We’ve got a total of six skylights on Hendrik – four flat metal ones in the front of the boat where we live, and two peaked, wooden framed ones in the back captains cabin which we rent out to our lovely lodgers. We’ve largely been able to keep our front skylights from leaking too badly, but the age and design of the ones in the back meant that they really needed some covers both to limit the drips and to protect the woodwork and the original 1930s patterned glass.
So a few months ago I got some swatches from Pennine Outdoor to have a look at their tent fabrics, and decided that the “UV Treated Window Material” (P49) and “PVC Coated Polyester” (P9) would work best. Importantly, since I had the swatches I also tested to make sure I could sew through these on my regular domestic machine! I bought two metres of the green and one metre of the clear, which came to £23 including shipping (and this gave me plenty enough for these two skylights, and probably enough for at least one of our flat skylights).
I went and had a look at one of the neighbours’ skylight covers and saw that theirs didn’t have any special stitching or seam tape to prevent drips (and they didn’t have any leakage problems), so I made my measurements.
Then I thought about how the pieces would unfold to 2D, and drew out what I’d need to cut (without seam allowances, as that’s how my brain works!).
The shaded sections are the clear vinyl “windows”. Once the windows were inserted into the rectangular green frame, it was really just a matter of sewing that big rectangle around the triangular ends. And luckily, both skylights have the same overall shape, with the bedroom skylight on a smaller scale.
Since it was the smaller of the two, I decided to sew this one first in case I needed to make any changes for the big saloon one. I probably should’ve done a muslin for these first, but rectangles and triangles are so boring to sew that I just couldn’t bring myself to do it. (Seriously, does anyone actually enjoy home dec sewing??)
Because the materials themselves are waterproof, I didn’t really want to use pins apart from in the seam allowances, so I held the clear vinyl in place with some cellotape (scotch tape) to keep it in place as I sewed. For the windows, I sewed from the back, overlapping the seams. You also absolutely NEED a walking foot attachment for this! The sewing machine needle wasn’t really as important, but I used a denim needle here so it’d be a bit stronger, but I’m sure you could use a hefty universal needle and probably be okay, too. But seriously, do not attempt this without a walking foot, or you’ll be tearing your hair out.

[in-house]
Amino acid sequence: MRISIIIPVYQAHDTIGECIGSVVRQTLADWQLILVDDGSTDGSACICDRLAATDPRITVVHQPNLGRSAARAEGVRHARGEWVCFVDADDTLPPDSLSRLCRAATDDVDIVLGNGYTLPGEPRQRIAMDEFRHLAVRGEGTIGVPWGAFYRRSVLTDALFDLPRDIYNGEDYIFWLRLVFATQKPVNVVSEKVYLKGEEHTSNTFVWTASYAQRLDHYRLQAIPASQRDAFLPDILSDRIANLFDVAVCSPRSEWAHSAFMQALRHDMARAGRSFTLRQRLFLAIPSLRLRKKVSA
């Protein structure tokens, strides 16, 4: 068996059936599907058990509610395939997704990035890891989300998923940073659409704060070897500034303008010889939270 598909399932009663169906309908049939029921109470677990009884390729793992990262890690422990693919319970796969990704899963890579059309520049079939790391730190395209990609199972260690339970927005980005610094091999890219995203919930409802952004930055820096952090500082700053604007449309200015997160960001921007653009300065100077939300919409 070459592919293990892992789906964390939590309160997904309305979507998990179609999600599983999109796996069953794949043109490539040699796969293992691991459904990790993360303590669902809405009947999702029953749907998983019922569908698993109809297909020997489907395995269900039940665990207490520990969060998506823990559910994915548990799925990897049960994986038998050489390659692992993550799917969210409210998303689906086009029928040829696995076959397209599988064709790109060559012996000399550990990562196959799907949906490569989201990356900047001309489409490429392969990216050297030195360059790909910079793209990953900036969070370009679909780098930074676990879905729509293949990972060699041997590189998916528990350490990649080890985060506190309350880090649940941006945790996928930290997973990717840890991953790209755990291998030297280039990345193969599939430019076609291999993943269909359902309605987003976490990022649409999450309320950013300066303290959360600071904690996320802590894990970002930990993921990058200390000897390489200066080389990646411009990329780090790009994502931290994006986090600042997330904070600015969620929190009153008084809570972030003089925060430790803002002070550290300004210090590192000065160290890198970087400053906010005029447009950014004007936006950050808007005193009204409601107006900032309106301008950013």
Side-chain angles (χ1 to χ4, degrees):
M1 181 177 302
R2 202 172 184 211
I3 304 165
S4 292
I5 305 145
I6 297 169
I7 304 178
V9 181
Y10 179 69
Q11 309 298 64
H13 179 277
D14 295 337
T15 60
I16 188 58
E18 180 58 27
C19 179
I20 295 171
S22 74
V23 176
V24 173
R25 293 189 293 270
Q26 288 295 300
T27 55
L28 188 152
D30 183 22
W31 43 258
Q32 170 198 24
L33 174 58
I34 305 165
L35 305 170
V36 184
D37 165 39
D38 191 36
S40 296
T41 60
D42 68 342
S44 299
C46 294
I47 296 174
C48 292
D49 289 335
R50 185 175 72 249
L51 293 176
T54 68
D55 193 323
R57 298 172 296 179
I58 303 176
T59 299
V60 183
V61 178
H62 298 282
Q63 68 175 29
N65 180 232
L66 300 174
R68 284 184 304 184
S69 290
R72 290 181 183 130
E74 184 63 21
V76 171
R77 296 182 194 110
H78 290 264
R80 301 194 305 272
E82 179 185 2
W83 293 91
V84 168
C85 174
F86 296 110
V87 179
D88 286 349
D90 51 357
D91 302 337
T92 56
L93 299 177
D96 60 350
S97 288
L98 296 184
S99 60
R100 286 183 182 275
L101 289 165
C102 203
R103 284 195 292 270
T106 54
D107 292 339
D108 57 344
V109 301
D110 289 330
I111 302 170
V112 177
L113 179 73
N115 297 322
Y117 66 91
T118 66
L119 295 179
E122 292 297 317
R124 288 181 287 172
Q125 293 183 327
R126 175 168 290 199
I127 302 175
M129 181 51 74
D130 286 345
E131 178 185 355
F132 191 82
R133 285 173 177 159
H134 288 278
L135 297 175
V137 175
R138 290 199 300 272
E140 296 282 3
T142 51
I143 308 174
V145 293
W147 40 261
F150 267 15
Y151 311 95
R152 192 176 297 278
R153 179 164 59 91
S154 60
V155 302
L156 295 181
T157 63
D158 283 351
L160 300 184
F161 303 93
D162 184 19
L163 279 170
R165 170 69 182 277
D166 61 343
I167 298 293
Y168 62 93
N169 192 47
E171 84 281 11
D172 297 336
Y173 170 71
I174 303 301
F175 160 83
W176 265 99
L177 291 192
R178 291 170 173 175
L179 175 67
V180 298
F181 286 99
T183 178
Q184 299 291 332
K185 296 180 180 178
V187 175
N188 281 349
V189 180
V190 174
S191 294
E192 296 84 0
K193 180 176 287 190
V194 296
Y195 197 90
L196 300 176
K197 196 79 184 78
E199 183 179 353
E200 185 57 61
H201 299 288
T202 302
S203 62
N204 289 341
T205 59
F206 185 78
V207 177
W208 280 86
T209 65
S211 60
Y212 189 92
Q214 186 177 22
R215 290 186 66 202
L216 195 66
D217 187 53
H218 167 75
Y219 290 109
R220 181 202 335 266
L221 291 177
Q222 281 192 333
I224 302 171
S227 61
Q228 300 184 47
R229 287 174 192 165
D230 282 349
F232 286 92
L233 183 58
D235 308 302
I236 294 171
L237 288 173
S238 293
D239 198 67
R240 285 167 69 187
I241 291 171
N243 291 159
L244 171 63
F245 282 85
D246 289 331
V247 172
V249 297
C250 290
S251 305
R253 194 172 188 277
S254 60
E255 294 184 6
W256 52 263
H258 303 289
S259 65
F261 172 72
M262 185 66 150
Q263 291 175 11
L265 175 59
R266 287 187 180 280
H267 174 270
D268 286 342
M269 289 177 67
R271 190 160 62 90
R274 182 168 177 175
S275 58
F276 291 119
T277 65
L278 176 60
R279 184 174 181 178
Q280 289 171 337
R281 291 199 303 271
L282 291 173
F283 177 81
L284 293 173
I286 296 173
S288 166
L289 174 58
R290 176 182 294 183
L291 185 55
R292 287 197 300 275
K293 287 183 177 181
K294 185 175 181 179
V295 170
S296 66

Anyway, on this smaller scale, the cover fits great! It was (dare I say it) almost enjoyable to sew.
So then I cut out all the larger pieces and sewed together the larger saloon skylight cover.
Oh dear. This was an utter nightmare to sew.
First of all, the pieces were bigger than the size of my sewing room (I’m not kidding – my sewing room floorspace is exactly the size of a double bed)! To make matters worse, the clear vinyl sticks to EVERYTHING (including the body of the machine and itself), and is so stiff that it just won’t cooperate or fold or roll up the way you need it to in order to get it under the machine’s arm, and then once you’re sewing a seam, the length of it kept hitting the back wall and physically moving my super heavy, metal body sewing machine all over my desk! At times I was at full stretch of my arms and leg, holding a roll of vinyl in one arm and just letting the machine do the best it could without my hands anywhere near it.
So I’m not really that surprised that this cover isn’t quite as accurate as the smaller one. In fact, this cover turned out to be a bit too small (arrrgh) so I had to split one of the corner seams to get it on, but it’s Good Enough and doing anything further on this would’ve had me in tears.
But at least they’re finally done, and keeping our tenants dry and our woodwork protected!
With this project comes a new distinction – velvet has finally been surpassed and I have a new Least Favourite Fabric. Congratulations, clear vinyl!
PS: If you haven’t read about the struggles of one of the last operating historic boatyards and their struggles to keep out the developers, you really should.